that theme do you think we are at present day?
there is no doubt about it, the world has changed. But,
if you want real prescience about the news business, you
just have to go back to Network. When Paddy Chayevsky wrote
network, it was considered a far-out satire. Now, it looks
like that's the movie the programmers watch when they want
to know what to put on television. All the outrageousness
has now either already happened or is one step away from
happening. So, with "The Second Civil War," while we were
making it, we would pick up the newspaper and virtually
any subject we were dealing with politically in the movie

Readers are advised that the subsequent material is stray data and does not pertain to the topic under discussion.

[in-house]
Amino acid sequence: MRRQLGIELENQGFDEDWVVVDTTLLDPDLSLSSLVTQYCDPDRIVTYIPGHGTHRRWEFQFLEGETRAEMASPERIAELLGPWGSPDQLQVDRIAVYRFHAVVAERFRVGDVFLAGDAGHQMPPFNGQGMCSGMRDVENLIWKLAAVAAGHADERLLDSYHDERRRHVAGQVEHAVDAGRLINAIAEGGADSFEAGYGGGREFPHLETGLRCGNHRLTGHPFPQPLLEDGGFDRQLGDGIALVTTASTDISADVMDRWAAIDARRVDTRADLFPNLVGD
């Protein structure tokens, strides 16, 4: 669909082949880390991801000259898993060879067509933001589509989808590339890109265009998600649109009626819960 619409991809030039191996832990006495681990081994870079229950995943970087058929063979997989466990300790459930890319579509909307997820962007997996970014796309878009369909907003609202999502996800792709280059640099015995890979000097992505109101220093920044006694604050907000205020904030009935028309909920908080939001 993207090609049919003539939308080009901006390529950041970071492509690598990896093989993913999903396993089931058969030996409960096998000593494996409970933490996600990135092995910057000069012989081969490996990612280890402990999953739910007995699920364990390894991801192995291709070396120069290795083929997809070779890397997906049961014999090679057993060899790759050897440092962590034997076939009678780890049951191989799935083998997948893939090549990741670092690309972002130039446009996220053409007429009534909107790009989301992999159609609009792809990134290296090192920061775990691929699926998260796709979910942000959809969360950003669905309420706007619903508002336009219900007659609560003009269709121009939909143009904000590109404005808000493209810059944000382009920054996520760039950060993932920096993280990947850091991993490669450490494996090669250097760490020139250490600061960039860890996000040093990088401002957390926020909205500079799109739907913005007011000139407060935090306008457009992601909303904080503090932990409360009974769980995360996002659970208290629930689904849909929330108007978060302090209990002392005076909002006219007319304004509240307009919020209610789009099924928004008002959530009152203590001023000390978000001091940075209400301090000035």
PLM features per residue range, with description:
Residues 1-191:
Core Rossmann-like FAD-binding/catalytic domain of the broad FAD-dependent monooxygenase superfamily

would be either on the front page or second page. Now, in
our post Sept. 11 world, there is a lot of activity in Pakistan,
which is where the movie takes place. I think the events
outlined in the movie are not less-likely after Sept. 11
they are probably more likely.
LV: Any other
themes in "The Second Civil War" close to occurring today?
Yes. The movie is basically a satirical broadside of life
in the '90s. It really hits on every political level. It
was designed to be an equal opportunity offender however.
We didn't intend to make a track it was just sort of a skewed
view of what life is like politically in America today.
The president, who was played by the late Phil Hartman,
was kind of a dim bulb. He was actually based on what would
have happened if Dan Quayle had been elected. However, I
think now, in light of the administrations recent actions
that there might be a little identification with the current